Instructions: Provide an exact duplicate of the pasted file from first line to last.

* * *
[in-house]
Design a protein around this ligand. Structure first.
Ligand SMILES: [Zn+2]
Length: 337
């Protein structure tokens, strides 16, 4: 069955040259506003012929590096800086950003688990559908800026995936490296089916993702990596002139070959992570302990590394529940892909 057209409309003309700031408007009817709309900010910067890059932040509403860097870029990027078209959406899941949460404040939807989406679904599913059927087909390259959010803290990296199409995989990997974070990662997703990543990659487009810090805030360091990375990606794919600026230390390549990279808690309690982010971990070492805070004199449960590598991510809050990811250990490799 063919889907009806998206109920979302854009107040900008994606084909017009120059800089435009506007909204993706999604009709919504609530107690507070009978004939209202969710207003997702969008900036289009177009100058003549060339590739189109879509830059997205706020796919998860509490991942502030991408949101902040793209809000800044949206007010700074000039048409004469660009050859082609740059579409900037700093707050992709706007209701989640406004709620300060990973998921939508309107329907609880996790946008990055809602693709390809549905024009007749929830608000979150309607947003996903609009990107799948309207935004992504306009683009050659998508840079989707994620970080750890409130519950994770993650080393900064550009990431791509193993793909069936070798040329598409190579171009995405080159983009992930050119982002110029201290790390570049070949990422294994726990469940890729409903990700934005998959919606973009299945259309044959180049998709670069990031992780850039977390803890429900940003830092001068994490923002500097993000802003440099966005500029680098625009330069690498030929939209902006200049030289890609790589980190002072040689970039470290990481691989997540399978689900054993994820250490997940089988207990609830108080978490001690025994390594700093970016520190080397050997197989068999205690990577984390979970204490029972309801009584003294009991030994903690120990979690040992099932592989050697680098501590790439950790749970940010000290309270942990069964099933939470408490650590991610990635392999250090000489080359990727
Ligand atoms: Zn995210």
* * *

[in-house]
Design a protein around this ligand. Structure first.
Ligand SMILES: [Zn+2]
Length: 337
């Protein structure tokens, strides 16, 4: 069955040259506003012929590096800086950003688990559908800026995936490296089916993702990596002139070959992570302990590394529940892909 057209409309003309700031408007009817709309900010910067890059932040509403860097870029990027078209959406899941949460404040939807989406679904599913059927087909390259959010803290990296199409995989990997974070990662997703990543990659487009810090805030360091990375990606794919600026230390390549990279808690309690982010971990070492805070004199449960590598991510809050990811250990490799 063919889907009806998206109920979302854009107040900008994606084909017009120059800089435009506007909204993706999604009709919504609530107690507070009978004939209202969710207003997702969008900036289009177009100058003549060339590739189109879509830059997205706020796919998860509490991942502030991408949101902040793209809000800044949206007010700074000039048409004469660009050859082609740059579409900037700093707050992709706007209701989640406004709620300060990973998921939508309107329907609880996790946008990055809602693709390809549905024009007749929830608000979150309607947003996903609009990107799948309207935004992504306009683009050659998508840079989707994620970080750890409130519950994770993650080393900064550009990431791509193993793909069936070798040329598409190579171009995405080159983009992930050119982002110029201290790390570049070949990422294994726990469940890729409903990700934005998959919606973009299945259309044959180049998709670069990031992780850039977390803890429900940003830092001068994490923002500097993000802003440099966005500029680098625009330069690498030929939209902006200049030289890609790589980190002072040689970039470290990481691989997540399978689900054993994820250490997940089988207990609830108080978490001690025994390594700093970016520190080397050997197989068999205690990577984390979970204490029972309801009584003294009991030994903690120990979690040992099932592989050697680098501590790439950790749970940010000290309270942990069964099933939470408490650590991610990635392999250090000489080359990727
Ligand atoms: Zn995210």